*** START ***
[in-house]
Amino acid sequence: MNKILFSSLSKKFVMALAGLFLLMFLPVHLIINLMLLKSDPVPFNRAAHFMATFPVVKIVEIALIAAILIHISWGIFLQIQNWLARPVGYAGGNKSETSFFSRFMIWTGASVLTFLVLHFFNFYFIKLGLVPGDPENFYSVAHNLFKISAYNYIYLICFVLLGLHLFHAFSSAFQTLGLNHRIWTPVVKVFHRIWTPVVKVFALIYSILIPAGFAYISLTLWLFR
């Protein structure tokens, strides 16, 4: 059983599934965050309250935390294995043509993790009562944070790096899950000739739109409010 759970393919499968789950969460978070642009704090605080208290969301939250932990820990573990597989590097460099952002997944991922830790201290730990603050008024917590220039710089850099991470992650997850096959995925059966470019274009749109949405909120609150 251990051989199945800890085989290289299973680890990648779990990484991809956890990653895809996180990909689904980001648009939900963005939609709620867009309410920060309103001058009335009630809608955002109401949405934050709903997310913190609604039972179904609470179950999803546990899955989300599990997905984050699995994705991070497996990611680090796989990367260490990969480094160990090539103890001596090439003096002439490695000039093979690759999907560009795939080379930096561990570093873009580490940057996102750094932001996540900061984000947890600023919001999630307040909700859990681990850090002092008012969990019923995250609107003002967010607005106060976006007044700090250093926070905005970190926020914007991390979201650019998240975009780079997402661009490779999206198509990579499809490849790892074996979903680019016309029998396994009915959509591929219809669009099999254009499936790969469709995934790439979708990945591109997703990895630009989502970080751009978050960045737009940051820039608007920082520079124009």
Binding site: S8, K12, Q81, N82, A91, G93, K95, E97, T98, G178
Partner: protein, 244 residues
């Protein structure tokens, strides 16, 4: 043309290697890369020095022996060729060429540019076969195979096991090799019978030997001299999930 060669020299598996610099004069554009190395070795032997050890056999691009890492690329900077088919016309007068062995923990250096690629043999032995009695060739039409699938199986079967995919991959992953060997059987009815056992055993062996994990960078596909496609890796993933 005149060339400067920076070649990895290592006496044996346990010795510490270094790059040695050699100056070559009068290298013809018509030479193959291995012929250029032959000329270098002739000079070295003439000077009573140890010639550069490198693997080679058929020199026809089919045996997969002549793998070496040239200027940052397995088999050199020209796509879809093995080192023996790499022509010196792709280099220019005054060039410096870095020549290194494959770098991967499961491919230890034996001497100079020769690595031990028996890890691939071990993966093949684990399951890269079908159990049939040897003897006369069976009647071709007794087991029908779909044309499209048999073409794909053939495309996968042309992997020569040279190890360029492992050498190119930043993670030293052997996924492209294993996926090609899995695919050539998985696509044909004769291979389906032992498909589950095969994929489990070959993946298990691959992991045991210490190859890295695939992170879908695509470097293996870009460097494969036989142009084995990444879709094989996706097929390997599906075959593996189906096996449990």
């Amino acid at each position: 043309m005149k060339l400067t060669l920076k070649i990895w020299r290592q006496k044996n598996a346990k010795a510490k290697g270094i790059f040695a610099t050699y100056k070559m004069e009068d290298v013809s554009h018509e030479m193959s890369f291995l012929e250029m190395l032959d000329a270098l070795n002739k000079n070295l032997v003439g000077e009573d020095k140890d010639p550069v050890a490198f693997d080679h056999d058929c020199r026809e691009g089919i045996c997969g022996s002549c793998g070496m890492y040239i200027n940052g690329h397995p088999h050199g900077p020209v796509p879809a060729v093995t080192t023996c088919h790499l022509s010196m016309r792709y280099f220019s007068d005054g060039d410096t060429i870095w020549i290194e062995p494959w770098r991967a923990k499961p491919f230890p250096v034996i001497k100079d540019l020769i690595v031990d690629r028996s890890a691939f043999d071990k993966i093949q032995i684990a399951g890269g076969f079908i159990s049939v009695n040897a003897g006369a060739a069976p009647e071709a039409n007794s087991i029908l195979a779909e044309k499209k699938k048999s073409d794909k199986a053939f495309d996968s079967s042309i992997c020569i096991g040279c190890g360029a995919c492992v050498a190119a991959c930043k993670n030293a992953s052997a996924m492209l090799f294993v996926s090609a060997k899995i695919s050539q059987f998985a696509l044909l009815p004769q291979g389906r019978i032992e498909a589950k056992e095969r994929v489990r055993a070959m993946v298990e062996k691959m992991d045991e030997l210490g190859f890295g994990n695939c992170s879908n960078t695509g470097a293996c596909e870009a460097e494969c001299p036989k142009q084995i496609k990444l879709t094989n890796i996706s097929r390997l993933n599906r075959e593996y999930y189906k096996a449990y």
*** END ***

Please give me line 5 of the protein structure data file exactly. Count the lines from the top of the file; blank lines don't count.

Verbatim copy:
Partner: protein, 244 residues